FOREIGN DIRECT INVESTMENTS (FDI) to the Philippines surged in September amid sustained optimism from offshore investors, with both intercompany lending and equity capital picking up from a year ago, the Bangko Sentral ng Pilipinas (BSP) reported yesterday.

Net FDI jumped 61.8% to $754 million that month from the $466-million inflow in September 2016, although it was 37.3% less than August’s $1.203-billion tally.

FDIs steady year to date as September flows surge

The central bank attributed the strong growth in investment flows to robust investor confidence in the Philippines in the face of “strong macroeconomic fundamentals” and “high growth prospects.”

Inflows in September, in turn, helped fuel rapid economic expansion in the third quarter that clocked 6.9%, beating market expectations amid increased investments that made up for softer consumer spending growth in the same period.

FDIs are a key source of capital for the local economy, generating more jobs for Filipinos as these flows fuel business expansion.

September also saw the Senate Committee on Ways and Means approving its version of the first of up to five planned tax reform packages, four months after a counterpart measure cleared the House of Representatives on May 31, bringing the priority measure closer to the January 2018 implementation targeted by the Department of Finance.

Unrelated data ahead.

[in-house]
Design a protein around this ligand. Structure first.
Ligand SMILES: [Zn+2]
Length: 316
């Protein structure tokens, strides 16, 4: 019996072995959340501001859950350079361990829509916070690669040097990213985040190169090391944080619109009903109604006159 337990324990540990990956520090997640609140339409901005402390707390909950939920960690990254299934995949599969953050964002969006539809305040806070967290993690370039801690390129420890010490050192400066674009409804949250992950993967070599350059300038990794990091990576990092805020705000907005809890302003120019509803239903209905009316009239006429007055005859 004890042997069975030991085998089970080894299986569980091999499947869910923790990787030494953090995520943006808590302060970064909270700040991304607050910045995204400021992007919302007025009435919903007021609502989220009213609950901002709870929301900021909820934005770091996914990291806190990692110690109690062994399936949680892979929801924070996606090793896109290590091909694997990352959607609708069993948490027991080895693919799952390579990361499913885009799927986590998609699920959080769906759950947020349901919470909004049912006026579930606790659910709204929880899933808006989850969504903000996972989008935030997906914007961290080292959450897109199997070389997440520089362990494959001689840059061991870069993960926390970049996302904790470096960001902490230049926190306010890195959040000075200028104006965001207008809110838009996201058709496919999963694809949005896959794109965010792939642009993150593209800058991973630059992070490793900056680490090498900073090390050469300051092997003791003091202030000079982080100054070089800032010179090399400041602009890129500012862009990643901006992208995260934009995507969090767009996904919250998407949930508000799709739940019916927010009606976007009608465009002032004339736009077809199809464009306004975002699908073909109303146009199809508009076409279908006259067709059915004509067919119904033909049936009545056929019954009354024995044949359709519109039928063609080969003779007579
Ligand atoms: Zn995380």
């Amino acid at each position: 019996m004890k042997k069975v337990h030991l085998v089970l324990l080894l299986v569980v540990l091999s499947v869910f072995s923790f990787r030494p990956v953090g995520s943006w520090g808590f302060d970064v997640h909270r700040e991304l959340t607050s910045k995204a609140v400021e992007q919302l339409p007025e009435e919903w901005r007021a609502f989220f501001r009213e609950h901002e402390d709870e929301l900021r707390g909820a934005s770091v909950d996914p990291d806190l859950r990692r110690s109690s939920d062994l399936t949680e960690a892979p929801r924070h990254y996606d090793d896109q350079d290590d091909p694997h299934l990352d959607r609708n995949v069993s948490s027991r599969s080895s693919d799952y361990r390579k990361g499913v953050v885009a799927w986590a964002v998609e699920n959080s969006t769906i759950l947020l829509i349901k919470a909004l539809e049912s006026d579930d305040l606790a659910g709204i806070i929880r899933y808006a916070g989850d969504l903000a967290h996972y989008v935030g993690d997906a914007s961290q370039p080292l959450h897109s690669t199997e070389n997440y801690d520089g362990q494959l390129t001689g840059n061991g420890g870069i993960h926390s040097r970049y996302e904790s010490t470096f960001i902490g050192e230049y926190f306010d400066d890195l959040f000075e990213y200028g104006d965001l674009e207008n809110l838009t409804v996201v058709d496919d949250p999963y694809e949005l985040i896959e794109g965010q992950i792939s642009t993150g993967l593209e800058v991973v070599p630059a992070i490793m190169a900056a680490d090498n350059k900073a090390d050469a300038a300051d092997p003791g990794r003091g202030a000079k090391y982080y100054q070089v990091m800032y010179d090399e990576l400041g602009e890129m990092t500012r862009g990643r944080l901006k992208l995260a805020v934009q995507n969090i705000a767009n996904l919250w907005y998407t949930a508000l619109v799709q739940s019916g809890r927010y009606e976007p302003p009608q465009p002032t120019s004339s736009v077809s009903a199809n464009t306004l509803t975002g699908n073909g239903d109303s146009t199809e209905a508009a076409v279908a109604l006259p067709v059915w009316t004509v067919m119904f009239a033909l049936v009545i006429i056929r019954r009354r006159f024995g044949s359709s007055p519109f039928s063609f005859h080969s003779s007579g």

The same month saw the United States Congress also extend the government debt limit for three months and provide some $15 billion in much-needed hurricane-related aid.

Foreign investors continued to pour more funds into their local affiliates in September, with placements in the latters’ debt instruments nearly doubling to $513 million from $293 million a year ago.

Net equity placements went up a third to $182 million from $138 million year on year.

Gross equity inflows reached $194 million, partly offset by $12 million in capital withdrawn. That compared to $157 million gross inflows a year ago, against $19 million in outbound funds.

More companies also chose to reinvest earnings that month at $59 million, 68% more than the $35 million the year prior.

The United States, Singapore, the Netherlands, China and Japan were the biggest sources of foreign capital in September, with funds going to construction; professional, scientific and technical sector; manufacturing; real estate; as well as accommodation and food service, the BSP said.

September’s FDI tally pulled the nine-month haul to $5.839 billion, close to matching the $5.85 billion in investments received in the year-ago nine-month period. Bigger inflows over the past few months are placing the current figure on track to match 2016’s total investments.

Security Bank Corp. economist Angelo B. Taningco said the latest FDI tally reflects positive market sentiment towards the “medium- to long-term prospects” of the Philippine economy, fuelled by optimism over the tax reform and public infrastructure spending plans of the administration.

“I believe the BSP’s $8-billion target for the year is feasible, as I expect FDI net inflows to remain buoyant for the last three months of the year,” he said in an e-mail.

As of its June review, the central bank expected net FDI inflows to slightly surpass the $7.93 billion recorded in 2016 to hit a fresh record high. — Melissa Luz T. Lopez